Movie Reviews in 20 Words or Less | February 2020

Over on Twitter, I run an account that gives movie reviews in twenty words or less. In a fast and moving world, attention spans can be short, especially on social media. I challenged myself to strip away the excess fat from reviews and post my succinct thoughts that get to the heart of how I feel. New releases, old classics, first-time viewings, and tenth time rewatches

See below for a round-up of last month’s content. 


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Frank – Weird (in a good way), with dry humour and a masked Fassbender who somehow manages to remain his magnetic self. 


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Hard Eight – PTA gets the best out of a stellar cast in his confident debut. A low-key affair, with some great dialogue. 


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Bumblebee – Just the right amount of humour, action and robomance for two hours of enjoyable fun. Plus, Hailee Steinfeld is awesome. 


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Searching – Superb mystery thriller that had me guessing until the end. Storytelling via contemporary technology is used to great effect. 


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Parasite – Dark, funny and original satire on class division. Above all, a damn fine film and worthy of all the acclaim. 


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Jojo Rabbit – Heartwarming story that focuses on prejudices and childhood naivety rather than war. Lots of trademark Waititi humour throughout. Lovely stuff.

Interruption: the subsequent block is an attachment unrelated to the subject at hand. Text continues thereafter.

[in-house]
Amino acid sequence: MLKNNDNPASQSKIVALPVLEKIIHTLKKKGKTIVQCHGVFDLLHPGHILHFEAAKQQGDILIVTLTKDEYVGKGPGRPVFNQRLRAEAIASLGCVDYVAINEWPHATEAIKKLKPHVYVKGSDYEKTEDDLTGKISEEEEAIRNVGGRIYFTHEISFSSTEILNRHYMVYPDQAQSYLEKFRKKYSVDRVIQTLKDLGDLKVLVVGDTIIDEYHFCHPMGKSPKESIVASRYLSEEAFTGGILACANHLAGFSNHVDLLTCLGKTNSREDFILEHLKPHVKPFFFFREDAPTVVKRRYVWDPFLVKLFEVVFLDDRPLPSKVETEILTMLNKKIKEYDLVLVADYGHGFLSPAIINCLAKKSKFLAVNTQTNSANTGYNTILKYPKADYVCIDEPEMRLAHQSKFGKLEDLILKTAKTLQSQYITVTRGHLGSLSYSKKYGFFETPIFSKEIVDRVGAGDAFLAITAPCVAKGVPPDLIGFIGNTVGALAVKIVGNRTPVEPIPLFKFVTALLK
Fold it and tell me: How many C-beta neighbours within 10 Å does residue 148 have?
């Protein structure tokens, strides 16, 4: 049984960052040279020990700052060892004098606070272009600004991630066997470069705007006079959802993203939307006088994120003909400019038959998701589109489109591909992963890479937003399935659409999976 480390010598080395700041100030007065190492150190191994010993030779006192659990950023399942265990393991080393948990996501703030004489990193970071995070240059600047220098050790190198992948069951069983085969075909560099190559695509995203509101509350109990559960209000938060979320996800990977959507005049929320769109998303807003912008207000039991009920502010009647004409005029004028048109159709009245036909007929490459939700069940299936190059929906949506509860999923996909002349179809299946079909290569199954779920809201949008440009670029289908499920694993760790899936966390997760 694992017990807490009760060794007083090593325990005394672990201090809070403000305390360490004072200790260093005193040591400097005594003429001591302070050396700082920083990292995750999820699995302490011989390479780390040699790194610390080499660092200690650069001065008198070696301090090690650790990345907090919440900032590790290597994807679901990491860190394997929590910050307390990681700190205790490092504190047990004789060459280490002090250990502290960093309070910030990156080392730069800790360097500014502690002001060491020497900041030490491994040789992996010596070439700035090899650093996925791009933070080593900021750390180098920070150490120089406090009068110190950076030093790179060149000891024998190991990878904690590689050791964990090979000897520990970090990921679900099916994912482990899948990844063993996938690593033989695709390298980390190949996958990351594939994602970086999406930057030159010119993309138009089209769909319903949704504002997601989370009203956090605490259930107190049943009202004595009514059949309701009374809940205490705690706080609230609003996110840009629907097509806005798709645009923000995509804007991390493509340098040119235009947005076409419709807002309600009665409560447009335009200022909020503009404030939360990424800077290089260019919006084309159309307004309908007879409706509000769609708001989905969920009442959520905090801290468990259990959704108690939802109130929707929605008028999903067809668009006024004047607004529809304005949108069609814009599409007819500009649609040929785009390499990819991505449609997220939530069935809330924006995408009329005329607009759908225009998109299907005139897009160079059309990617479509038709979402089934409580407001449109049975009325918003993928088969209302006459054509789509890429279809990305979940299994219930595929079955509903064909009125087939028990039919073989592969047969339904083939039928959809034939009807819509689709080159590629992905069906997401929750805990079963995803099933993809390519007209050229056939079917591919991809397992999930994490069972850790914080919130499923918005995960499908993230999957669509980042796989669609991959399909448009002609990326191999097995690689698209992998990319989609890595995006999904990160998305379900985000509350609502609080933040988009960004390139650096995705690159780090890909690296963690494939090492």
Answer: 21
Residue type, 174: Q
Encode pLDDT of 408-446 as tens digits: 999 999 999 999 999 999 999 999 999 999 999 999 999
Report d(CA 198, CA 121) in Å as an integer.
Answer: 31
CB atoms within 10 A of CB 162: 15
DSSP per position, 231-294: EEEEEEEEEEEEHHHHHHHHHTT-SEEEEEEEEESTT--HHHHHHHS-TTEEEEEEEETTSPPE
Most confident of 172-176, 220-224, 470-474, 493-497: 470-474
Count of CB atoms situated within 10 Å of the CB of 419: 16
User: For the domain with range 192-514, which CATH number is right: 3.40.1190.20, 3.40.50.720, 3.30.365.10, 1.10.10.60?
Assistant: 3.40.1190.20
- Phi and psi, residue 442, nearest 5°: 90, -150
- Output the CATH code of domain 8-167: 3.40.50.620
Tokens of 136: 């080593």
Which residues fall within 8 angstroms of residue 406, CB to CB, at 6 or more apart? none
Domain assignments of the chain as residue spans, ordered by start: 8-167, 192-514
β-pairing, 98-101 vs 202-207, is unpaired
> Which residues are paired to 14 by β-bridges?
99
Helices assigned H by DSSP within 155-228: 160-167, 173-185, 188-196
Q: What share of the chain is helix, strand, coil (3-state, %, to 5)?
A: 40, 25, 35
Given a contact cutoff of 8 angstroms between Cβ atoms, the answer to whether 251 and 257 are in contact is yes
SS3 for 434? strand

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The Lighthouse – Dafoe and Pattinson are perfect together in this dark and hilarious nightmare. Eggers proving he’s a master of his craft. 


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The Guest – A little ridiculous at times, but a brooding Dan Stevens’ and quality synth score make it a ton of fun. 


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Uncut Gems – Exhausting experience that pushes things a bit too far by the end, though Sandler and the directorial style are fantastic. 


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Bad Times at the El Royale – A non-linear genre mash up, featuring an all-star cast, witty dialogue and plenty of surprises along the way. Thoroughly entertaining. 


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A Taxi Driver – Fact-based drama that begins as lighthearted comedy and ends as emotional roller-coaster. Real superheroes don’t wear capes. They drive taxis. 


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Dogman – A gritty, uncomfortable watch where naive groomer Marcelo draws enough empathy that you can’t help but root for him. Excellent. 


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Oldboy – What got me into world cinema many years ago still holds up today. The style, the violence, the twist. Perfect.


Have you seen any of these films and if so, what are your thoughts?

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Author: Lee McCutcheon

Happy to watch absolutely anything, with a soft spot for world cinema.